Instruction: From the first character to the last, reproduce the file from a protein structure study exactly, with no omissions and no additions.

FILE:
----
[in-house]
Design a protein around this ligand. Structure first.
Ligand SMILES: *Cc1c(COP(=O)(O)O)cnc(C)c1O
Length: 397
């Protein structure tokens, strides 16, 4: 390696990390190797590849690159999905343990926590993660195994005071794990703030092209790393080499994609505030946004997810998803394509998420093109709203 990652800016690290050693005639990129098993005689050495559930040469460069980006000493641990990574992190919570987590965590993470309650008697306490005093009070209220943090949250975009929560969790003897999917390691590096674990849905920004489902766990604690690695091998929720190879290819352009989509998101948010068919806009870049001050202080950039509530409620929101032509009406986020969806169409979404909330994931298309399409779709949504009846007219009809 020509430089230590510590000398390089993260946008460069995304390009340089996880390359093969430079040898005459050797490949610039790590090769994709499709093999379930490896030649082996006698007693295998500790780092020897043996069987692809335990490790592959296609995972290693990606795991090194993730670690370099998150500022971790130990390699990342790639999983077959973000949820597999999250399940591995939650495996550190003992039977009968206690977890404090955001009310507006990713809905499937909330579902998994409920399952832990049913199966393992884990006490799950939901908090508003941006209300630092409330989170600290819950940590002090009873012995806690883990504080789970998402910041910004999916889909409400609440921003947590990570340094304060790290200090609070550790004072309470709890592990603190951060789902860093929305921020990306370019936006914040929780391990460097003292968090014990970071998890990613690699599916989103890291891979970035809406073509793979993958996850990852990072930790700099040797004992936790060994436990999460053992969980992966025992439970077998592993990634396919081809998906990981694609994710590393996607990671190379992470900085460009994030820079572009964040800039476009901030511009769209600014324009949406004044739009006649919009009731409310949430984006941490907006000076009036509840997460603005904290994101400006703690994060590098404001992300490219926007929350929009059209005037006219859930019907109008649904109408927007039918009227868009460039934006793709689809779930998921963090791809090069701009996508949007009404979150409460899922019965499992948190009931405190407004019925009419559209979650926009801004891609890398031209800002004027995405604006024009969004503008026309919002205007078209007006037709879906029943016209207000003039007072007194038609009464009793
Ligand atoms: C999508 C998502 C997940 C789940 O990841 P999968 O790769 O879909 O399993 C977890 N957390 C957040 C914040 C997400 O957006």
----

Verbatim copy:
[in-house]
Design a protein around this ligand. Structure first.
Ligand SMILES: *Cc1c(COP(=O)(O)O)cnc(C)c1O
Length: 397
């Protein structure tokens, strides 16, 4: 390696990390190797590849690159999905343990926590993660195994005071794990703030092209790393080499994609505030946004997810998803394509998420093109709203 990652800016690290050693005639990129098993005689050495559930040469460069980006000493641990990574992190919570987590965590993470309650008697306490005093009070209220943090949250975009929560969790003897999917390691590096674990849905920004489902766990604690690695091998929720190879290819352009989509998101948010068919806009870049001050202080950039509530409620929101032509009406986020969806169409979404909330994931298309399409779709949504009846007219009809 020509430089230590510590000398390089993260946008460069995304390009340089996880390359093969430079040898005459050797490949610039790590090769994709499709093999379930490896030649082996006698007693295998500790780092020897043996069987692809335990490790592959296609995972290693990606795991090194993730670690370099998150500022971790130990390699990342790639999983077959973000949820597999999250399940591995939650495996550190003992039977009968206690977890404090955001009310507006990713809905499937909330579902998994409920399952832990049913199966393992884990006490799950939901908090508003941006209300630092409330989170600290819950940590002090009873012995806690883990504080789970998402910041910004999916889909409400609440921003947590990570340094304060790290200090609070550790004072309470709890592990603190951060789902860093929305921020990306370019936006914040929780391990460097003292968090014990970071998890990613690699599916989103890291891979970035809406073509793979993958996850990852990072930790700099040797004992936790060994436990999460053992969980992966025992439970077998592993990634396919081809998906990981694609994710590393996607990671190379992470900085460009994030820079572009964040800039476009901030511009769209600014324009949406004044739009006649919009009731409310949430984006941490907006000076009036509840997460603005904290994101400006703690994060590098404001992300490219926007929350929009059209005037006219859930019907109008649904109408927007039918009227868009460039934006793709689809779930998921963090791809090069701009996508949007009404979150409460899922019965499992948190009931405190407004019925009419559209979650926009801004891609890398031209800002004027995405604006024009969004503008026309919002205007078209007006037709879906029943016209207000003039007072007194038609009464009793
Ligand atoms: C999508 C998502 C997940 C789940 O990841 P999968 O790769 O879909 O399993 C977890 N957390 C957040 C914040 C997400 O957006």